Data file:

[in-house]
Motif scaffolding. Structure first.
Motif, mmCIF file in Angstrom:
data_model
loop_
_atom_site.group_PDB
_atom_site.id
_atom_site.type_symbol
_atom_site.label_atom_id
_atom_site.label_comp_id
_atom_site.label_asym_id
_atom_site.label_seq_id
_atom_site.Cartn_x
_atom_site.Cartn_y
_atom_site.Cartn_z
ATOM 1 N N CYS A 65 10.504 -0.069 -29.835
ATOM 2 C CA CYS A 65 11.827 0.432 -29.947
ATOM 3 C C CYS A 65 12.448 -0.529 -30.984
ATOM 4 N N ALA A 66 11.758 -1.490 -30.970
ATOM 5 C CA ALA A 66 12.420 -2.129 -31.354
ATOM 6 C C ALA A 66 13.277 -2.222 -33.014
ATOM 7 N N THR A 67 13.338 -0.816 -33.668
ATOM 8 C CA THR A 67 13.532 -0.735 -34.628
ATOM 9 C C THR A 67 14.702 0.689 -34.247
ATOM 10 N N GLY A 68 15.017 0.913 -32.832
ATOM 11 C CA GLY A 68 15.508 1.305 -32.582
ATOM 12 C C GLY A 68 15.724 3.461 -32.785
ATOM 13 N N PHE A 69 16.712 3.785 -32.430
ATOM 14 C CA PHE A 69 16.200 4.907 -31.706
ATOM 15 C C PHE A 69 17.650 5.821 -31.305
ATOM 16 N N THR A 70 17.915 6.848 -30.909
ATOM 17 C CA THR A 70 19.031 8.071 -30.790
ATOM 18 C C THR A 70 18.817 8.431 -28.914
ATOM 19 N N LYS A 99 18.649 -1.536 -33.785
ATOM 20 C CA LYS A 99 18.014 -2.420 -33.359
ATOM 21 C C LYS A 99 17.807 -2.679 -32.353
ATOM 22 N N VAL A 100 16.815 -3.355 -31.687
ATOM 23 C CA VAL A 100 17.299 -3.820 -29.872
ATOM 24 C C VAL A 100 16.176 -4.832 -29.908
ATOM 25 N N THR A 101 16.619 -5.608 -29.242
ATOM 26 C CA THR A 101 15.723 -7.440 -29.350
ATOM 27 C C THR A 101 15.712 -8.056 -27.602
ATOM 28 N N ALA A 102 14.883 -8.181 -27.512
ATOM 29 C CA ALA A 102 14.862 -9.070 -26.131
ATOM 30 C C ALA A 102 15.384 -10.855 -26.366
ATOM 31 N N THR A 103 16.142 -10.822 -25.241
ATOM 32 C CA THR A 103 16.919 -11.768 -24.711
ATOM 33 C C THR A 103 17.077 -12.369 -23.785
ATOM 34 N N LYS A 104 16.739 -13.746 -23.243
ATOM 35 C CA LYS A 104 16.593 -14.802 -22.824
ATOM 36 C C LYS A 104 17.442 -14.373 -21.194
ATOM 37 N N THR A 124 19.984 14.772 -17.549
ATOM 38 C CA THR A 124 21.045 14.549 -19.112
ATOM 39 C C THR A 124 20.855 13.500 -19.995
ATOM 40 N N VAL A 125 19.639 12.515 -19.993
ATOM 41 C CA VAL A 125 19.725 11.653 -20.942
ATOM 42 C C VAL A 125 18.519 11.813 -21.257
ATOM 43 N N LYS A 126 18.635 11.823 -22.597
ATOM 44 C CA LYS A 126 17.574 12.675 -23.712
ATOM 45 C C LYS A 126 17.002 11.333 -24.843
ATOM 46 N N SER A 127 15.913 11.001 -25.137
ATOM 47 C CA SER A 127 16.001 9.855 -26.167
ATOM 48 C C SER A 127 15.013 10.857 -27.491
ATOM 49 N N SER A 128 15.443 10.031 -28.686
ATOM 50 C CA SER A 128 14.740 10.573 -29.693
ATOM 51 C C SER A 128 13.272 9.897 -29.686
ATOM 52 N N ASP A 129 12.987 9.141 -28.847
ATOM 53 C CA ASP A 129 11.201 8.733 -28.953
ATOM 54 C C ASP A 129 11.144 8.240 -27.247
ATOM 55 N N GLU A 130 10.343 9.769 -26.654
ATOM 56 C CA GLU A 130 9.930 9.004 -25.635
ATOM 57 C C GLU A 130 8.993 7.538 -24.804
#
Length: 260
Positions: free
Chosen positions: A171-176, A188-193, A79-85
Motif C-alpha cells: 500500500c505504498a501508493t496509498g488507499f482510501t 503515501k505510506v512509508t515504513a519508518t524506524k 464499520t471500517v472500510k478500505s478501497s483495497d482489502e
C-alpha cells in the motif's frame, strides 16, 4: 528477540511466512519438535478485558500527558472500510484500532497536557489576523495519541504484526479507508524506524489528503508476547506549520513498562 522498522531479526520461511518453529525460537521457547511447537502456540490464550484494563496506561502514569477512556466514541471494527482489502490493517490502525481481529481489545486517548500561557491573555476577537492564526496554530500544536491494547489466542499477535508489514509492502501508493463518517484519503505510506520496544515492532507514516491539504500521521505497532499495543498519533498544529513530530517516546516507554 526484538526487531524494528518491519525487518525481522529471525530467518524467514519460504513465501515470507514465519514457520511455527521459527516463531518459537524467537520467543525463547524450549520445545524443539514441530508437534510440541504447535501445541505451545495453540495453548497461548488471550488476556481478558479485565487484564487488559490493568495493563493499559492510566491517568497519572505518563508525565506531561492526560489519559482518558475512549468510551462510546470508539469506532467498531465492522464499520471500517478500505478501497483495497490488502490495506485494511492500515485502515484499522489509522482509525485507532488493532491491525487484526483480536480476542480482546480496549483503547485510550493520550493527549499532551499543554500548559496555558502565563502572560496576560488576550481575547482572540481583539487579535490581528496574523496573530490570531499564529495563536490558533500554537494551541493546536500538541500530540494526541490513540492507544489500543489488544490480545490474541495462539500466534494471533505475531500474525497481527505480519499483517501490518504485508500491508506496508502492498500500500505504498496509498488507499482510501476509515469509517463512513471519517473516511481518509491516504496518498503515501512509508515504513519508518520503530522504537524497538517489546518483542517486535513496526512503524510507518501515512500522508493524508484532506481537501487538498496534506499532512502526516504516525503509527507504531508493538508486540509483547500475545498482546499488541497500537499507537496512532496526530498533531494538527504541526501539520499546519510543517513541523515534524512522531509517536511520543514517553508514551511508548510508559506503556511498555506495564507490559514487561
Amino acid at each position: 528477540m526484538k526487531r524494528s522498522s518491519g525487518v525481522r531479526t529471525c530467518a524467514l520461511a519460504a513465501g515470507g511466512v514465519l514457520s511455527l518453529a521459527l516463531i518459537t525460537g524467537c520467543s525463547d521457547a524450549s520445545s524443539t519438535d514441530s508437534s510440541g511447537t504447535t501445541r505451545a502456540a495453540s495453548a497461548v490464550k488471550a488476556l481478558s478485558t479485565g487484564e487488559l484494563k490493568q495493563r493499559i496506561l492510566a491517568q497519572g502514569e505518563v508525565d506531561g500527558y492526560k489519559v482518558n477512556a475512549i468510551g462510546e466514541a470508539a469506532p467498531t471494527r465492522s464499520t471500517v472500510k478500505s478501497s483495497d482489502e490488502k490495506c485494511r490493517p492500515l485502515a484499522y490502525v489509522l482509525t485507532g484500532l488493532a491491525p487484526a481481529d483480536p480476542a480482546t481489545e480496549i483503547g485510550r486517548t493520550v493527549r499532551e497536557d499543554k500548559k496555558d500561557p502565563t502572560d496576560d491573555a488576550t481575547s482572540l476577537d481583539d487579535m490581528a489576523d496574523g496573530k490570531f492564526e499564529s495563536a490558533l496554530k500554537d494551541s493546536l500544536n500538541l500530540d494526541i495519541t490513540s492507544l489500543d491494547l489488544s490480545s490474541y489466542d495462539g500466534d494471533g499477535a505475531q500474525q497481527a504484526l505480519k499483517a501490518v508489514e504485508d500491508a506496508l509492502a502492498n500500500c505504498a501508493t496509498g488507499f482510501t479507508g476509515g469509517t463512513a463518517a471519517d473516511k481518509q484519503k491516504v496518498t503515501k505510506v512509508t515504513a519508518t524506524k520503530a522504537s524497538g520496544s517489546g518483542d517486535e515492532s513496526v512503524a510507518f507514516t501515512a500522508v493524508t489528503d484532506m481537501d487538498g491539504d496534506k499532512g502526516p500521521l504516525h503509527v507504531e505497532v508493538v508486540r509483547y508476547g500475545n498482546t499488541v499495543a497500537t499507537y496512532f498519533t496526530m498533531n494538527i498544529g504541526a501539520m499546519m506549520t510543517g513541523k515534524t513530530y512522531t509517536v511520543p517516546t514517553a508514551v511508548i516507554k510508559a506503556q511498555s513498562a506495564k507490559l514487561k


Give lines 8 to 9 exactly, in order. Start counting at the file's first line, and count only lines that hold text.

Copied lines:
_atom_site.type_symbol
_atom_site.label_atom_id